What is glass mosaic? In Myanmar culture, glass mosaic represents a traditional style of glasswork where fragments of glass are utilized to enhance decorative arts, architectural structures, and furniture. Referred to as glass tiles or glass veneer tiles, it consists of small, colored decorative glass pieces. This building material is known for its safety, composed of natural minerals and glass, lightweight, and environmentally friendly.
With its zero water absorption rate and resistance to acid and alkali corrosion, glass mosaic is particularly suited for decorating areas near water bodies. Its prominence lies in applications such as walls, floors, and nocturnal surroundings, especially in settings like swimming pools, courtyard pavilions, temple areas, bathroom furnishings, discotheques, skating rinks, bars, clubs, and more. By utilizing complementary purple lights, energy-saving illumination, and natural light during design and construction, the building can exude a jade-like, crystal-clear appearance after lights are turned off – a transparent, luminous, and profoundly enchanting ambience, imbuing the structure with a captivating and infinitely romantic atmosphere during the night.
Featuring a vivid array of colors that never fade, glass mosaic, despite its small size, is an optimal material for creating artistic puzzles and mosaics. Diverse colored mosaics can be employed to craft intricate patterns, such as computer-designed pool bottoms. According to the national standard (GB/T7697-1996), Glass Mosaic can be categorized as follows:
Fused glass mosaic: Primarily composed of silicate and other materials, melted into a milky or semi-milky state at high temperatures, containing occasional bubbles and unmelted glass mosaic particles.
Sintered glass mosaic: Made predominantly from glass powder, combined with an appropriate amount of binder and other substances, and compressed into a specific green body size; the resulting glass mosaic is formed through sintering at a defined temperature.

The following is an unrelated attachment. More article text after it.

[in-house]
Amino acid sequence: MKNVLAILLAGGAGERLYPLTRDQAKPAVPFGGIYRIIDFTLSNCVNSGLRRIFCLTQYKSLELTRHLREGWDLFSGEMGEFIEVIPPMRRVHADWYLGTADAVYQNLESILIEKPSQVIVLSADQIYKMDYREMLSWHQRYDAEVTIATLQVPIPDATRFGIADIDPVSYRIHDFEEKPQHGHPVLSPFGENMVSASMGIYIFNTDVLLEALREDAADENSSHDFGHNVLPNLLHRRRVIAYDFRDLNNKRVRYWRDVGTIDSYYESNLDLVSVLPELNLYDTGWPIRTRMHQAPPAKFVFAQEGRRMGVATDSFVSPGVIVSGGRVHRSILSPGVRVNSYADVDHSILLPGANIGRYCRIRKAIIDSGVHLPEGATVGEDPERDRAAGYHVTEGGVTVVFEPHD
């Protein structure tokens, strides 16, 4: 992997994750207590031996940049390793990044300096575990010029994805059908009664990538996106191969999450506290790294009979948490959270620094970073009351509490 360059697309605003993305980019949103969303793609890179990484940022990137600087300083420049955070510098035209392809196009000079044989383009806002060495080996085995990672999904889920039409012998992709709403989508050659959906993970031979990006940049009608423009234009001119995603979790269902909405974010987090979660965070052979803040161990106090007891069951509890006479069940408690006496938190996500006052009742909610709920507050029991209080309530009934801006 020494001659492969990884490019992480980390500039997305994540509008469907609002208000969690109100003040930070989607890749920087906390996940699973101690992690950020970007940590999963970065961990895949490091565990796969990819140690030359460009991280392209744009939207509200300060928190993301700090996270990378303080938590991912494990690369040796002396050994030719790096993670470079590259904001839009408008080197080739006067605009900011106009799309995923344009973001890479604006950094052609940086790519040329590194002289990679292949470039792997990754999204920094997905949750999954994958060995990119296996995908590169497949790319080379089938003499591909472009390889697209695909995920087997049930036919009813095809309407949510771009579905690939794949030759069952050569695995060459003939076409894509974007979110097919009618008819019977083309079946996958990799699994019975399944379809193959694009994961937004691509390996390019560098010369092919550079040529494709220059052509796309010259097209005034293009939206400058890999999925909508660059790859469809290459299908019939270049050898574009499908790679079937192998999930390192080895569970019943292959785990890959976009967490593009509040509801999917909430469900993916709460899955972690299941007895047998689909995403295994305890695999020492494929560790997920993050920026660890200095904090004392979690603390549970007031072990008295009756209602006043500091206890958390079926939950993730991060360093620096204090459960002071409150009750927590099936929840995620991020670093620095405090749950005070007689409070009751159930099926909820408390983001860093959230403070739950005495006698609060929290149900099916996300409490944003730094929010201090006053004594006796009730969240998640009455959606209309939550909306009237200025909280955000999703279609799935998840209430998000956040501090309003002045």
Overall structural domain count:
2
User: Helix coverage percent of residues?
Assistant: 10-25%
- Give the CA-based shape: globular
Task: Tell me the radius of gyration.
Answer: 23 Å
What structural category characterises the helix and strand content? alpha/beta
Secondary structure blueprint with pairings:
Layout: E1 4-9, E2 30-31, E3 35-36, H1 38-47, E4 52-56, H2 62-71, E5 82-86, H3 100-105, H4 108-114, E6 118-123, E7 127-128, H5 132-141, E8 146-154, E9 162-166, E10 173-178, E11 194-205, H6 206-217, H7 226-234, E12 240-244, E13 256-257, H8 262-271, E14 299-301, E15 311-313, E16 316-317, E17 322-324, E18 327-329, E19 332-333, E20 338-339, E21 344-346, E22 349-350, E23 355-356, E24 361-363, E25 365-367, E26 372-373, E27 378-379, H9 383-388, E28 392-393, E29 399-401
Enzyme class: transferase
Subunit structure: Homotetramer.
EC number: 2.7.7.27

Gold star glass mosaic: Contains slight bubbles and a certain quantity of metal crystalline particles, displaying distinct light reflections.
While glass mosaic excels in crafting art puzzles and inlaid paintings, adhesive application is no simple task. So, how is glass mosaic adhered?
Base preparation: Remove loose concrete, mortar, and debris from the wall. Repair scaffold holes and moisten the wall. Level the base using cement mortar, compacting and leveling with a ruler based on the embedded surface, ensuring vertical, square, and even corners. In dry weather, sprinkle water to maintain the base.
Placing glass mosaic: Arrange glass mosaic according to the design plan. Attach them to the wall using glass mosaic adhesive, leaving a gap between each piece (usually around 3mm) in a uniform manner.
Leveling layer: Wet the wall surface, apply a layer of plain cement mortar, and add the bonding layer.
Laying guidelines: Establish guidelines on the bonding layer, typically utilizing a four-link mosaic for each grid.
Applying mortar and sealing gaps: Place the mosaic flat on a wooden board, use an iron trowel to apply cement mortar to the gaps, and then apply a 1-2mm thick cement mortar bonding layer over the filled gaps. For white or light-colored mosaics, use white cement to mix the bonding layer and filling cement mortar.
Common glass mosaic specifications include:
4mm Glass Mosaic: Common in the market, it is lightweight and budget-friendly. However, it lacks pronounced luster and a three-dimensional effect, making it susceptible to breakage and detachment.
8mm Glass Mosaic: Also prevalent, it boasts good luster, a stronger three-dimensional effect, and greater breakage resistance. It pairs well with wall and floor tiles, but is heavier and more expensive than the 4mm version.
10mm Glass Mosaic: Featuring thicker mosaics for special occasions, it's ideal for creating a more three-dimensional appearance on walls. While pricier, it works exceptionally well when combined with 8mm mosaics.